Such is the power of the net to teach lessons. This generation has redefined the basic right of privacy as they revel in public forum of their lives. They offer it up to be previewed by the masses. Now, every public place is monitored and every act in schools, malls, and offices is scrutinized and it’s a great preparer for the future.
Worry not about what your parents find out on your wall, but what your employer knows about your eclectic collections and choice in bath fixtures.
Sunday, October 12, 2008
Have you ever read the book As I lay Dying by William Faulkner? Yeah, Faulkner, the great literary giant. Get it sometime from the library to peruse, if to do nothing more than open your eyes about the books that college bound high schoolers are required to read.
It's written in the vernacular of 1930's back woodsese. I think it was such a literary success because persons who wrote literature back then could not imagine a literarri, literariarian, literachi (a writer) who was educated could create such an indiscipherable dialogue in four differing voices of hick.
I wrote like that long before anyone thought it was cool and I did it without even trying! This book is even more backwoods hick than I am, and it's written without commas, periods or even subject and predicates in sentences. I thought the lingo was character driven, (total and complete idiot) but in his next book I reviewed, (The Bear) Faulkner wrote the same--and it's a bear.
The back cover gives the clue that it's about the trek of a family who wants their beloved mother to be buried in another county, but they have to wait... first for her to die and then to ride across country with the ever-ripening corpse. It's all about their comedic antics.
Maybe? But, I couldn't understand even one page. It's sad and I'm heartbroken that it's so apparent that I am so obviously not a college bound individual.
----------------------the real meat of the story-------------------------------
I'm not feeling well, so that book came to mind.. (but, not that sick) and it's time to go to Utah for our annual marathon. I traditionally put in a marathon right before we go, cleaning, cooking, packing, and arranging, etc... I try to make it easier by keeping a record (jottings) of what I did last year so I can just make revisions, reprint, then reprimand and reprove the children for what happened last year in my absence.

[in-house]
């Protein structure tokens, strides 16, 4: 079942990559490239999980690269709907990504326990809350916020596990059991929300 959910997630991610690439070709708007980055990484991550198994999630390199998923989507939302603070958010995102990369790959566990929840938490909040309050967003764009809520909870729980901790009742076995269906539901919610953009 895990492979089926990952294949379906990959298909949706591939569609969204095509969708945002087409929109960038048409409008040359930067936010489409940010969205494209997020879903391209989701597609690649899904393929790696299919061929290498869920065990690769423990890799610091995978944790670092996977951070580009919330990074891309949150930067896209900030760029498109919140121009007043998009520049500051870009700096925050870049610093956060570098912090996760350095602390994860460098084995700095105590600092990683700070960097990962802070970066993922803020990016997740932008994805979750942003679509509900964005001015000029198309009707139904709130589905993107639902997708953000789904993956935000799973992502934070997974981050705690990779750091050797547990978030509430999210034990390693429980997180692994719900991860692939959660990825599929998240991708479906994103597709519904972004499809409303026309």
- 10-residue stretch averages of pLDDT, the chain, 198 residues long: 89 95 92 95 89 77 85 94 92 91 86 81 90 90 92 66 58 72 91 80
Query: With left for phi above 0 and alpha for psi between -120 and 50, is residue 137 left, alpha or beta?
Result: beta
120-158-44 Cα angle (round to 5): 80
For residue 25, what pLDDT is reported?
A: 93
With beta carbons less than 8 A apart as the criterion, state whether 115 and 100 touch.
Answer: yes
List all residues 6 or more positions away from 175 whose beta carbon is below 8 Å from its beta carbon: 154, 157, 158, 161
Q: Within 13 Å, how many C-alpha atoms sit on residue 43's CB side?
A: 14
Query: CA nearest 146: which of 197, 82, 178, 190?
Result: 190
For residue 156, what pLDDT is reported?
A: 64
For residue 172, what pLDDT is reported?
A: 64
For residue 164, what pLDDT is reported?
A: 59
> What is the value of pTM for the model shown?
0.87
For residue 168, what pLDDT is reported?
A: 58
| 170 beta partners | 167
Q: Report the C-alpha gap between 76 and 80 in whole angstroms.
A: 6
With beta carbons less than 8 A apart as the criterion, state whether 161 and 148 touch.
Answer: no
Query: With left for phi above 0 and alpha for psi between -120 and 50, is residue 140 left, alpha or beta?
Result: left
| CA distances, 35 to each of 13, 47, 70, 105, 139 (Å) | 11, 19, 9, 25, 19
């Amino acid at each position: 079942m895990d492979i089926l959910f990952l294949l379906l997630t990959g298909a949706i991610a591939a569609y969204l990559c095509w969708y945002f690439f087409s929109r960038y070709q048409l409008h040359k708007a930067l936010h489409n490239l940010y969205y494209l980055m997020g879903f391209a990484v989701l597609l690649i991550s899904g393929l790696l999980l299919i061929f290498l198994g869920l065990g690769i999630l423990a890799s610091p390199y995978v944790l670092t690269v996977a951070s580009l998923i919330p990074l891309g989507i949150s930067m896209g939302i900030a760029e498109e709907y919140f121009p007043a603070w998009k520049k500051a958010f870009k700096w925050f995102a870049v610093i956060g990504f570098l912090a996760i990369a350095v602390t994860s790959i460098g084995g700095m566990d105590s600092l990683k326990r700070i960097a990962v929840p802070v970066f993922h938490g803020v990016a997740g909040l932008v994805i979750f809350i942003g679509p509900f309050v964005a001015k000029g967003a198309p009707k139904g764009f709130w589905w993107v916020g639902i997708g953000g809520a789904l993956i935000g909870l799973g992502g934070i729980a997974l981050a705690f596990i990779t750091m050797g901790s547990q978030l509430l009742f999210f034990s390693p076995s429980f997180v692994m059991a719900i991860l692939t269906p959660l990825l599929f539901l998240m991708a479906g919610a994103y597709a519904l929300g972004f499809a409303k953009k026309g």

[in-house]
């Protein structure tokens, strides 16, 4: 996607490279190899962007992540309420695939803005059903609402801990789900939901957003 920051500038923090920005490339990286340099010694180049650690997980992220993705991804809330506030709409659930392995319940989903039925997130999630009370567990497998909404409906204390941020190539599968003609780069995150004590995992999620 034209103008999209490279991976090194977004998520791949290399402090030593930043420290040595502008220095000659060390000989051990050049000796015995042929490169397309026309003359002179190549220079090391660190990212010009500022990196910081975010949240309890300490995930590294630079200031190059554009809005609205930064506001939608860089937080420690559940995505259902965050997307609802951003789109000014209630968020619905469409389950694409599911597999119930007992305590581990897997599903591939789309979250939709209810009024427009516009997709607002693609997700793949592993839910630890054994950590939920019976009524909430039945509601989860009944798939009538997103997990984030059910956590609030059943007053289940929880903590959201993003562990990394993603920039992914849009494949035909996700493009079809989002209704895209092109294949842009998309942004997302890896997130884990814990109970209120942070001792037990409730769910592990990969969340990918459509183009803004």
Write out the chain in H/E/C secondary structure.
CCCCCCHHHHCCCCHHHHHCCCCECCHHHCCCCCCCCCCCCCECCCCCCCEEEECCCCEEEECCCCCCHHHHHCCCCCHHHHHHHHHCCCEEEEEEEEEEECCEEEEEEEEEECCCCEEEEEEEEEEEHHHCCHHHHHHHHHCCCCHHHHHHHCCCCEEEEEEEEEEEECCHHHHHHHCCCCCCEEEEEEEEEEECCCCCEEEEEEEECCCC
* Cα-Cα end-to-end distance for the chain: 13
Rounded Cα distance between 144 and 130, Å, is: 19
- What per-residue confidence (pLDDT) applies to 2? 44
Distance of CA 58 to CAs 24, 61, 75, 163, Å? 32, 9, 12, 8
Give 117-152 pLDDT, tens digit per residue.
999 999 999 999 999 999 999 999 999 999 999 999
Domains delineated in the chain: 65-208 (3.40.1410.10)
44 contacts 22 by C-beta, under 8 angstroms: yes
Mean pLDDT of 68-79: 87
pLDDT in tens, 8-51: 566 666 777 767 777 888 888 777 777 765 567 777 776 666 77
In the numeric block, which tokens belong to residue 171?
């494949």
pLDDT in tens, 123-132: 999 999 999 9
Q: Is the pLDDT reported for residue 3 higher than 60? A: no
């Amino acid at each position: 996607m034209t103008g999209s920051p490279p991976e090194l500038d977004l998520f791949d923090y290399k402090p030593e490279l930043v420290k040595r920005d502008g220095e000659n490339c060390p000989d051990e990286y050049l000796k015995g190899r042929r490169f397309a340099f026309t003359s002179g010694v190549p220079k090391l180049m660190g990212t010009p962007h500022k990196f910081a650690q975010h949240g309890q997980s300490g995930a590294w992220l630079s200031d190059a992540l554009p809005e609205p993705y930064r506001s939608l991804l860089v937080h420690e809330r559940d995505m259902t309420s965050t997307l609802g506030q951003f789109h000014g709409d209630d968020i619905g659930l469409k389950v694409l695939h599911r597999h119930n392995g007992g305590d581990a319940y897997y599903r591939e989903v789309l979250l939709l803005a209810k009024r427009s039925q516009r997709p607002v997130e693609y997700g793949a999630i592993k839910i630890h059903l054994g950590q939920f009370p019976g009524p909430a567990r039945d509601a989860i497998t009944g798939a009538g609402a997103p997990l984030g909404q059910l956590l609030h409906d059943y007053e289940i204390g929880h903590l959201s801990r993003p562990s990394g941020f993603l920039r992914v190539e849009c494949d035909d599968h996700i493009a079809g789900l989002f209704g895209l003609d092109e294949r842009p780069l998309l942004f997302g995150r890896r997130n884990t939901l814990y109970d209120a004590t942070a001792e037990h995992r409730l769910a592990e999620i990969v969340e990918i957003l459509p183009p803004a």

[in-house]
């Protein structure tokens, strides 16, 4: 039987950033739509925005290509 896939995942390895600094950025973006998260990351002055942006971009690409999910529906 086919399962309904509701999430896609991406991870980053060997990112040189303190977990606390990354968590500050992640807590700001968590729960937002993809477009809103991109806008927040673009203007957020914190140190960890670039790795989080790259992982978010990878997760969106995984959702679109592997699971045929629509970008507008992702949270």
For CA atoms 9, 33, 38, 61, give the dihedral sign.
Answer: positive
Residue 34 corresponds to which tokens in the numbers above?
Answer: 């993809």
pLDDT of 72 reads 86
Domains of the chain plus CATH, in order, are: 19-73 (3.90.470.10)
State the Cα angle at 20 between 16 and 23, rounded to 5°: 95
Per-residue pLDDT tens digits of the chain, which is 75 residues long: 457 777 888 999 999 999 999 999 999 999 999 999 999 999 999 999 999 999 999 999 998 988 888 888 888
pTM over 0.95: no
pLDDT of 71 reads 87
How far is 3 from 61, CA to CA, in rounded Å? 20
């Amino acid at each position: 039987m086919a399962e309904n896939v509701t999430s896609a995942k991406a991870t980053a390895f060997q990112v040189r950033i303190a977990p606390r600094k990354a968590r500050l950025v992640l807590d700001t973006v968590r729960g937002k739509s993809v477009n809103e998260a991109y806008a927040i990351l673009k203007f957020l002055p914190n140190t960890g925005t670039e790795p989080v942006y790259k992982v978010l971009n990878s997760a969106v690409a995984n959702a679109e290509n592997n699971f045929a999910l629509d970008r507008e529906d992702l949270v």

I looked back to my 2004 blog and I was sick that night before too and here is the will I wrote in Faulkner note format:
"the real reazn I'm ritin, 'ncase thes is ma laest pistle... keep'n treazur dalways... it'd be albout potties but it seems that rottin' corpses are beder subjecs...
If us two, (Dave and I) perish, (Oun't think I'm at sick, but Aidan is and last minute I'm a trian to arrange alternate rangemnts for im.) (Dia's insulted ta think she'd stay to tend... (“In't it illegal fer yer kid to do that,” she asks?) I swear, I didn't birth that one.
If we perish, not by illness, but by plane crash, (“ats not a bad way to go overall”...said Grandma Hansen),
...thays a will in ma drawrer here in OK. It's a holographic... at maens riten n signed by hand (complete b.s., but these are legal in OK., because so many of us are kicking off and being hauled cross country to be buried by total inane idiots who can't speak or write legibly...)
aaneeyway, just sos ya know.
And you thought I wasn't a great writer. After this epistle, judging purely by the inane writing style, doesn't it make you think Faulkner?
It's midnight and seminary starts at 5 at my house, so I'll be going now.
By the way, does anyone know where my black bag is with the brown stripe that I take everywhere on every vacation with me? It's lost. I can't begin to pack without it.
Tuesday, October 7, 2008
Me, Terina, I said that first.